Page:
Will Mass. Remove the Judges? the Best Way to Protect Marriage in Massachusetts Is Not to Amend a Constitution That Does Not Authorize Same-Sex "Marriage," but to Remove the Judges Who Subvert the Constitution

By Eddlem, Thomas R. | The New American, April 5, 2004 | Go to article overview

Will Mass. Remove the Judges? the Best Way to Protect Marriage in Massachusetts Is Not to Amend a Constitution That Does Not Authorize Same-Sex "Marriage," but to Remove the Judges Who Subvert the Constitution


Eddlem, Thomas R., The New American


Massachusetts residents have organized a new drive under the banner of the "Article 8 Alliance" to undo the state Supreme Judicial Court (SJC) November 2003 ruling for homosexual "marriage." The new Article 8 Alliance strategy would dust off a centuries-old "Article of Address" provision in the state constitution to remove the judges.

The SJC ruling, Goodridge v. Department of Public Health, held that the state law limiting marriage to a union between a man and a woman does not meet the court's "rational basis test" for allowing the law to stand. The SJC acknowledged that the state statutes, past court precedents and common law tradition uphold the common sense definition of marriage as consisting of a man and a woman. "The only reasonable explanation is that the legislature did not intend that same-sex couples be licensed to marry," Chief Justice Margaret H. Marshall conceded in the court decision. "We have recognized the long-standing statutory understanding, derived from the common law, that 'marriage' means the lawful union of a man and a woman." Nevertheless, the court upended three centuries of state precedent by writing the Goodridge decision.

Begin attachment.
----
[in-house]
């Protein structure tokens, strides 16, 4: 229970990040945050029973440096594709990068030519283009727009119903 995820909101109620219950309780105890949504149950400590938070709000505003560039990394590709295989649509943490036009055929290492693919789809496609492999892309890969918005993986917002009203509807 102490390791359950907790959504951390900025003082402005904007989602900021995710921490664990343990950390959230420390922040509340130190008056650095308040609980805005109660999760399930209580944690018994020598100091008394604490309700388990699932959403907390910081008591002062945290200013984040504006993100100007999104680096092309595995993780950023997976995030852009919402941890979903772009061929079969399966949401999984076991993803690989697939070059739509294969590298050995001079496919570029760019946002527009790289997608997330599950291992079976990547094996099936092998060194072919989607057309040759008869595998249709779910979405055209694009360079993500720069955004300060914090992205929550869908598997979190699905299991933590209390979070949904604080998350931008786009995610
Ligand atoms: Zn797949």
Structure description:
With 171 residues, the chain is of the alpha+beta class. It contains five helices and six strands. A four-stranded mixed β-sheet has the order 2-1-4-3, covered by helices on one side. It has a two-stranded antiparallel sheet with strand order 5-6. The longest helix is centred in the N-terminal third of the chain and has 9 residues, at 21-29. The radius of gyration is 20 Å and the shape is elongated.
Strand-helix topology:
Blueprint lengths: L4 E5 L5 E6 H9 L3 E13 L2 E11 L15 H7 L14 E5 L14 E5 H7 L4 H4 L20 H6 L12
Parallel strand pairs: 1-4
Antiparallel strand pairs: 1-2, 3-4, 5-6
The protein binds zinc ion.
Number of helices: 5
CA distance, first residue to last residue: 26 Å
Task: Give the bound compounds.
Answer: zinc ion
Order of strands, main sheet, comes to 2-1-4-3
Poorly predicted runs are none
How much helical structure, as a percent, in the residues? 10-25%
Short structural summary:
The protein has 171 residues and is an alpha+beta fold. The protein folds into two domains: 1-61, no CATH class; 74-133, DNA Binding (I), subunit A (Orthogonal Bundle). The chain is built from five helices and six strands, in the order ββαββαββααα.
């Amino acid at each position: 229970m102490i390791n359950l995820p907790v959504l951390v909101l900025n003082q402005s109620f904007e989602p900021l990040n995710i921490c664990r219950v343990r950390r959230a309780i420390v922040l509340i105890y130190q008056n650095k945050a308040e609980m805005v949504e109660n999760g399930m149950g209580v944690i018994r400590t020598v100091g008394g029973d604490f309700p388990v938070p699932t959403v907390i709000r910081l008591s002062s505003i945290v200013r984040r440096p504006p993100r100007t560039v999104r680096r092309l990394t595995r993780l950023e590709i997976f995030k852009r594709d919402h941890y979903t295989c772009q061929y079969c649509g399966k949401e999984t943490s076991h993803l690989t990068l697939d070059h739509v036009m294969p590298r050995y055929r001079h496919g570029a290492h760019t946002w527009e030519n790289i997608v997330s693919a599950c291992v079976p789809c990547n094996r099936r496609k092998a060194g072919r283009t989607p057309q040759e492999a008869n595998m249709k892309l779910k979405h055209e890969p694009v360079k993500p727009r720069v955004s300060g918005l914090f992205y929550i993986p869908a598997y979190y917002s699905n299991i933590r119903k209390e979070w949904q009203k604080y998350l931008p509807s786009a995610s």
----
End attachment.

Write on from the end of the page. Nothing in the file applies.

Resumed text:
Massachusetts Governor Mitt Romney and the local Catholic Church dioceses have committed to remedying the decision by pursuing an amendment to the state constitution that would define marriage as the union of a man and a woman. But the Massachusetts method of amending the state constitution is even slower than the federal one. A state constitutional amendment must be passed twice by the combined legislature meeting as a constitutional convention, the second vote occurring after the next election. Even after the amendment passes the second vote, voters at the ballot box must then approve it. In other words, the earliest a constitutional amendment could take effect would be November 2006. Yet the SJC decision is slated to go into effect on May 17 of this year.

Brian Camenker, organizer of the Article 8 Alliance, sees the constitutional amendment route as not only impractical, but also flawed, since it addresses only the effects of the problem rather than the problem itself. "We cannot amend the constitution every time a rogue court gets into power," Camenker said to Article 8 Alliance supporters in New Bedford, Massachusetts on March 3. "The problem is not that the constitution is faulty, the problem is with us, because we have allowed government to get out of control."

"Article of Address" Method

Camenker is seeking to use the "Article of Address" procedure set out in Article 8 of the state constitution, which states: "In order to prevent those, who are vested with authority, from becoming oppressors, the people have a right, at such periods and in such manner as they shall establish by their frame of government, to cause their public officers to return to private life; and to fill up vacant places by certain and regular elections and appointments." Camenker stresses that this "Article of Address" method is different from impeachment, which may imply a trial for "crimes." The Article of Address for removing judges dates back to colonial times, and several of the original 13 states retain the provision in their constitutions.

The exact process for removal through Article of Address is set out in the 98th amendment to the Massachusetts Constitution: "All judicial officers, duly appointed, commissioned and sworn, shall hold their offices during good behavior . …

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